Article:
Fennel common

Authors: Prof. Dr. med. Peter Altmeyer, Prof. Dr. med. Martina Bacharach-Buhles

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Last updated on: 02.10.2022

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Synonym(s)

Bitter Fennel; common fennel; fennel (engl.); foeniculum vulgare; Sweet fennel; wild fennel

Definition
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The common fennel (Foeniculum vulgare) is native to the Mediterranean area, there are subspecies: fennel piperitum (pepper or donkey fennel), a wild fennel and the garden fennel. The latter is cultivated all over Europe. The latter also has three varieties: bitter fennel, sweet or Roman fennel and the vegetable or onion fennel. Herbaceous biennial plant of the umbelliferous family, with growth heights of 0.4-2.0 meters. The two- to three-pinnate stem leaves are hair-slit. The petioles of the lower leaves are 5-15 cm long. As a phytotherapeutic, the ripe fruits of bitter and sweet fennel are used, Foeniculi fructus.

Fennel is traditionally used as a spice with fish. It is added to sauces and minced meat. Finely chopped fennel leaves are used in small quantities to flavor soups, salads, mayonnaises and for "vinaigrette" sauce. Fennel is also used in some spirits (absinthe or pastis).

HMPC - Monograph: both bitter fennel, sweet fennel and fennel oil: traditional-use: mild crampy gastrointestinal complaints, flatulence, flatulence. also mild menstrual cramps, also expectorant for cough in colds.
ESCOP monograph: bitter and sweet fennel, and bitter fennel oil: dyspeptic complaints, mild crampy gastrointestinal complaints, flatulence, but also catarrh of the upper respiratory tract. only the bitter fennel to relieve menstrual crampsCommission
E monograph: bitter fennel
and bitter fennel oil: dyspeptic complaints. mild crampy gastrointestinal complaints, bloating, flatulence, also catarrh of the upper respiratory tract.

General information
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Naturopathy:

Foeniculum vulgare is the parent plant of the medicinally important Foeniculi fructus, the officinal fennel fruit, and of Foeniculi aetheroleum, the officinal fennel oil, which is also used for naturopathic purposes.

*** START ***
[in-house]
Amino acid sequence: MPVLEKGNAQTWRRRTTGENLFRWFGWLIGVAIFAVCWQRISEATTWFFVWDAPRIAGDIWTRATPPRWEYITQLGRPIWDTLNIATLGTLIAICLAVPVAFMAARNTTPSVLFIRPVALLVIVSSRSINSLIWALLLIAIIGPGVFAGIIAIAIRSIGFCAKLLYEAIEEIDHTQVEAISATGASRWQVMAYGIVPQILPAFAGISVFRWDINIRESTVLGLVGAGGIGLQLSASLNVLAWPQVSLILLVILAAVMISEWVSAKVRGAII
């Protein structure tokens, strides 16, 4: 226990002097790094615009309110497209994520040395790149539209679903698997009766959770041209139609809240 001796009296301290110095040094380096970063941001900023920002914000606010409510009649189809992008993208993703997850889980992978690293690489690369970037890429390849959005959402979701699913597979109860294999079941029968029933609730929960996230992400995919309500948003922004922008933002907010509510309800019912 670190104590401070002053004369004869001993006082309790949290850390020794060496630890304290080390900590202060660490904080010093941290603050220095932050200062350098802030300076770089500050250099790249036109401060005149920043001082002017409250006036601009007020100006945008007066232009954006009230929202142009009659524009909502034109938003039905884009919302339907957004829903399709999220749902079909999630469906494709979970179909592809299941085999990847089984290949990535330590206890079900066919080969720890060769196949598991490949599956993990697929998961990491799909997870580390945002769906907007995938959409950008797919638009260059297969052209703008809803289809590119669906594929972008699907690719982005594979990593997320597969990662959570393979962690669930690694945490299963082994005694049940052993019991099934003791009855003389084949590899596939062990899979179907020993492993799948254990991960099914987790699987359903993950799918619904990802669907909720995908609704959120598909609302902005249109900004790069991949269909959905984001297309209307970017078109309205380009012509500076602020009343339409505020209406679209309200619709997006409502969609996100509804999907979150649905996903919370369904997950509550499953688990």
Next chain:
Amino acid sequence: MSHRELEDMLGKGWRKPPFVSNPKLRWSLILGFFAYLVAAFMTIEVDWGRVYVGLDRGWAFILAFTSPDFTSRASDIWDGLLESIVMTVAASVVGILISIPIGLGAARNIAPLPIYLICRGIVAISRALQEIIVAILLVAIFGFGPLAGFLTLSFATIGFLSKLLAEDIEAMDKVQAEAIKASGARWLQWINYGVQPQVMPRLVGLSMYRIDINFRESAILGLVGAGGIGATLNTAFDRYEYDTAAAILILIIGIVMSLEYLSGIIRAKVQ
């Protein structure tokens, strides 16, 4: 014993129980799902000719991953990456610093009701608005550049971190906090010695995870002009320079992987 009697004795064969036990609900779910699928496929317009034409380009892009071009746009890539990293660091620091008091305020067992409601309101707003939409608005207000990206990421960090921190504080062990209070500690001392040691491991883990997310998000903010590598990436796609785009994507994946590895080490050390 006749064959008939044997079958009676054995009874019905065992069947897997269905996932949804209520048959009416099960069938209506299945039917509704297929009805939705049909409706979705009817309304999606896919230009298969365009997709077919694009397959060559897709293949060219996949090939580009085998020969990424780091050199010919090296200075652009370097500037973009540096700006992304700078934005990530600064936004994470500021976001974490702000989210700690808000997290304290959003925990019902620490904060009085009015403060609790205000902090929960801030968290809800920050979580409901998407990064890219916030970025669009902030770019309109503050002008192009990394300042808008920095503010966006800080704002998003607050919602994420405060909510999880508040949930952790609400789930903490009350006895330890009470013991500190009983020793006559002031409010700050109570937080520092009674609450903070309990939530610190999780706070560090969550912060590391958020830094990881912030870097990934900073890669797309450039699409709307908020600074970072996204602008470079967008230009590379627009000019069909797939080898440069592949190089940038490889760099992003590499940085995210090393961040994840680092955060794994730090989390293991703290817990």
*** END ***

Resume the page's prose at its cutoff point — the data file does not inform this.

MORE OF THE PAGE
Cosmetics:

Foeniculum vulgare (semen) oil (from sweet fennel). Foeniculum vulgare (semen) oil, the cosmetically used sweet fennel oil, is obtained from the crushed seeds of sweet fennel by steam distillation. The oil is a colorless to pale yellow liquid.

Foeniculum vulgare (semen) oil (from the bitter fennel): Foeniculum vulgare (semen) oil is obtained from the crushed seeds of bitter fennel by steam distillation. Bitter fennel (semen) oil is a colorless to pale yellow liquid with a camphor-like odor.

Foeniculum vulgare oil (from the bitter fennel): Foeniculum vulgare oil, a pale orange-brown liquid with a pungent, camphor-like odor, is obtained from the whole plant by steam distillation.

Effects: promotion of gastrointestinal motility, spasmolytic, secretolytic, carminative and appetizing, increase gastric juice secretion, antimicrobial.

Indication (according to Commission E): dyspeptic complaints, bloating, flatulence, spasmodic gastrointestinal complaints, also: catarrh of the upper respiratory tract.

Indication in empirical medicine: loss of appetite, infantile dyspepsia with diarrhea

Contraindication: pregnancy, infants: fennel oil can be used only in the oil portion of max 5-7 g of drug.

Literature
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  1. Schöne F et al. (2006) Effects of essential oils from fennel (Foeniculi aetheroleum) and caraway (Carvi aetheroleum) in pigs. J Anim Physiol Anim Nutr (Berl) 90:500-510.
  2. SchilcherH et al (2010) Guide to phytotherapy; 122-124.
  3. https://arzneipflanzenlexikon.info/fenchel.php.
  4. https://www.ema.europa.eu/en/documents/herbal-monograph/final-community-herbal-monograph-foeniculum-vulgare-miller-subsp-vulgare-var-dulce-miller-thellung_en.pdf
  5. Wenigmann M. (2017) Phytotherapy medicinal drugs, phytopharmaceuticals, application. Urban & Fischer, pp. 106-107